What does a sudden outbreak of superheroes, the growth of a new technology, and the spread of a pandemic through the population have in common? The sigmoid curve! If you're a statistician or biologist or any number of -ists, you probably already knew about sigmoid curves. I just learned about it them this week.

A sigmoid curve looks kind of like a squashed S, like this:

*A simple drawing of a sigmoid curve representing growth over time, with neither the units of time or growth specified. Image from Brain of the Firm*.

Stafford Beer explains that it is "the typical growth curve which is found in nature."^{[1]} There are specific types of sigmoid curves, which you can learn all about if you want to go down the merciless mathematical Wikipedia rabbit hole. For example, there are the confusingly-named logistic curve and the Gompertz curve, which is used in pandemic modelling.

One of the interesting things about a sigmoid curve, is that when you're in that middle bit where it's taking off, you can't tell if you're on an exponential or on a sigmoid that will tail off. I was re-reading *The Annihilation Score*, a Laundry files novel about an outbreak of superhero powers, and the notion came up several times as the characters tried to figure out how big of a problem it would be.

"Oh dear. It's your classic growth curve, starting low and staying low until about three months ago. Then it begins to double. And double again, raising fast, until it hits the dateline. Either the first quartile of a sigmoid curve, or--don't go there--an exponential."

The Annihilation Scoreby Charles Stross, p58

That first mention just sort of blew by me, and it was only later in the book (and sorry, slight spoiler for *The Annihilation Score* here) that I wondered if it was a wacky idea Stross came up with or another one of those cases were he used a real mathematical or computer science concept and took it in a weird direction:

"As you can see, it seems to be a classic sigmoid curve--suddenly goes from a horizontal line to near-vertical increase, then just as suddenly tails off and goes flat again, albeit at a higher level. We're still working on the confidence limits here, and there's some scope for updating the curve as more low-grade incidents work their way through our reporting system, but it looks, for now, as if we have dodged the bullet. There is no superhero singularity looming in the near future. Just a regular elevated rate at which ordinary people will suddenly acquire enhanced capabilities."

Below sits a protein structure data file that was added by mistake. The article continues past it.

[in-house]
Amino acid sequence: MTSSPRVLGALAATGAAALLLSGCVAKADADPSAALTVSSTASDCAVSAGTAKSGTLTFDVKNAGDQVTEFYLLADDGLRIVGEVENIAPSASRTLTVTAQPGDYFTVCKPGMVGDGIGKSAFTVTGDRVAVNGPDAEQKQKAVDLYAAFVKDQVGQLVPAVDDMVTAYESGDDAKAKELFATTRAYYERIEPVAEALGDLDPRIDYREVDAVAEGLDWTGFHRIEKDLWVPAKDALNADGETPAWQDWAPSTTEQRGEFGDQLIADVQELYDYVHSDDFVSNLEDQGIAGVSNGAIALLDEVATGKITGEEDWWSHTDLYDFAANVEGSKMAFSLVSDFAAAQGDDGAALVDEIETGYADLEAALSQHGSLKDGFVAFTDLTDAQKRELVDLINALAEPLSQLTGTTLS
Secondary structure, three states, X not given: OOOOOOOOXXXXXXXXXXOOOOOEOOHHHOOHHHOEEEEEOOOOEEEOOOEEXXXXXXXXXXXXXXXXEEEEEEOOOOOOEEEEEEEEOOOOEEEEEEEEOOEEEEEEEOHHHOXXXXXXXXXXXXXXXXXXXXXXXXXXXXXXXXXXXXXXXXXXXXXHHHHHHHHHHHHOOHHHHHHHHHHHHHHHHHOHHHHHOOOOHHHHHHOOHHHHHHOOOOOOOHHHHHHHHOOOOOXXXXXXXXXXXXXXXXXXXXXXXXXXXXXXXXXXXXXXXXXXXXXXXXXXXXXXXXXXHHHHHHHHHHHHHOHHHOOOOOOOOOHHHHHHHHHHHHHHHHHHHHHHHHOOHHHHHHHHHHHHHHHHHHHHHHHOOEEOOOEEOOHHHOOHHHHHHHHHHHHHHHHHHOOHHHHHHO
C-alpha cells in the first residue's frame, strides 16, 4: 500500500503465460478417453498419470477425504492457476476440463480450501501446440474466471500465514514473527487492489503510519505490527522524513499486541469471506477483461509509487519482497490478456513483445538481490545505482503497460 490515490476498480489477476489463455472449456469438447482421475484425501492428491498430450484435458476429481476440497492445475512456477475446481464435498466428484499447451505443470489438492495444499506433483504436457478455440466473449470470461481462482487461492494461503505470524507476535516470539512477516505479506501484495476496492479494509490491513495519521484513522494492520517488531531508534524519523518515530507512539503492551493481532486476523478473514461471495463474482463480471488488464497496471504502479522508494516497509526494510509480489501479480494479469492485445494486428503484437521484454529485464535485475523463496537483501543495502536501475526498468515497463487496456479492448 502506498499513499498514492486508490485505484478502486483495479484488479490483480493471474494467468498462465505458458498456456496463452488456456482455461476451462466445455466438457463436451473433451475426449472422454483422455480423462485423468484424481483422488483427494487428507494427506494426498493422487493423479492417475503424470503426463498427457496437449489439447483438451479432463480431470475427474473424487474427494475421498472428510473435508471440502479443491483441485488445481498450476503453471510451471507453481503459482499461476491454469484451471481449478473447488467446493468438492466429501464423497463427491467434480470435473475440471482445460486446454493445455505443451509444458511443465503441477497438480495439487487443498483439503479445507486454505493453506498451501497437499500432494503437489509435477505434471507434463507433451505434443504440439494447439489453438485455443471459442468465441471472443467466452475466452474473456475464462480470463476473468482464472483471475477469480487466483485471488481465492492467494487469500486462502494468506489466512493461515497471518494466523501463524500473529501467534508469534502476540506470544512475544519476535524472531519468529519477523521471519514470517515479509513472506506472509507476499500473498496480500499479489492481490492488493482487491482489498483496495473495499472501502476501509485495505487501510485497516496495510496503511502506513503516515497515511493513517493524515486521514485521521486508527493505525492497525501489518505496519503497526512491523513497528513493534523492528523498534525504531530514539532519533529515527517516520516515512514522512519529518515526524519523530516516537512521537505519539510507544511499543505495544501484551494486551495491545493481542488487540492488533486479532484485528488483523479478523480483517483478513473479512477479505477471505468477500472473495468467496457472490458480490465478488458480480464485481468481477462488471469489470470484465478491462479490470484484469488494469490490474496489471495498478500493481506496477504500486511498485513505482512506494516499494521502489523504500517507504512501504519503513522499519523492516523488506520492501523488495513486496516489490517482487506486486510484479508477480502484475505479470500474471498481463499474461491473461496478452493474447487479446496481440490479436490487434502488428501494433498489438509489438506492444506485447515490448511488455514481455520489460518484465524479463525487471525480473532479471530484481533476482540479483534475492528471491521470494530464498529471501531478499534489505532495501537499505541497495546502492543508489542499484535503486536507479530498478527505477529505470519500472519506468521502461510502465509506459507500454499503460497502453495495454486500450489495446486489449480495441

The Annihilation Scoreby Charles Stross, p260

At that point I looked it up and found out that, indeed, a sigmoid curve is a real thing and a type of sigmoid curve, the Gompertz function, is used to model the spread of epidemics. So it was quite appropriate to an outbreak of problematic superhero powers.

I've also been reading *Brain of the Firm*, one of the foundational books about management cybernetics. In the first chapter, Beer presents several intriguing diagrams about the rate of technological change, to illustrate how alarmingly fast it seems to have been going. He uses the example of human beings top speed of travel:

*A diagram showing humans capacity to travel at speed dramatically increasing in the last 100 years. Image from Brain of the Firm*

Then he explains:

"In the case of the curves we have been considering, we should note that they are envelope curves composed of smaller curves dealing with technological epochs -- which themselves

tail off. Now this tailing off is typical of growth processes in nature. Their curves tend ot be S-shaped, or sigmoid; mathematicians call them 'logistics'."

Kind of like the fictional analyst in *The Annihilation Score*, people living through the near-vertical part of the sigmoid curve of a technological epoch might think they are in an exponential. While some exponential scare the crap out of people--like the prospect of exponential population explosion or pandemic deaths--other exponential seem cool and good, like the growth of a technology off of which one is personally making money. So cool and good in fact that it's tempting to give in to the illusion that it will just keep going like this forever.

Beer proposes that you might be able to sustain growth past the tailing off by stringing together novel growth opportunities. Figuring out how to do that seems to be a big point of his book. But, he is quick to add, even this strung together growth of one novel enterprise after another might itself be part of a larger sigmoid curve that will also eventually tail off.

I wonder which technologies are reaching the tailing off point of their natural growth curve after seeming to be on an exponential path forever? I think it will only be possible to really know in retrospect.

Beer, Stafford.

*Brain of the Firm*. Second edition. Wiley, 1981. ↩︎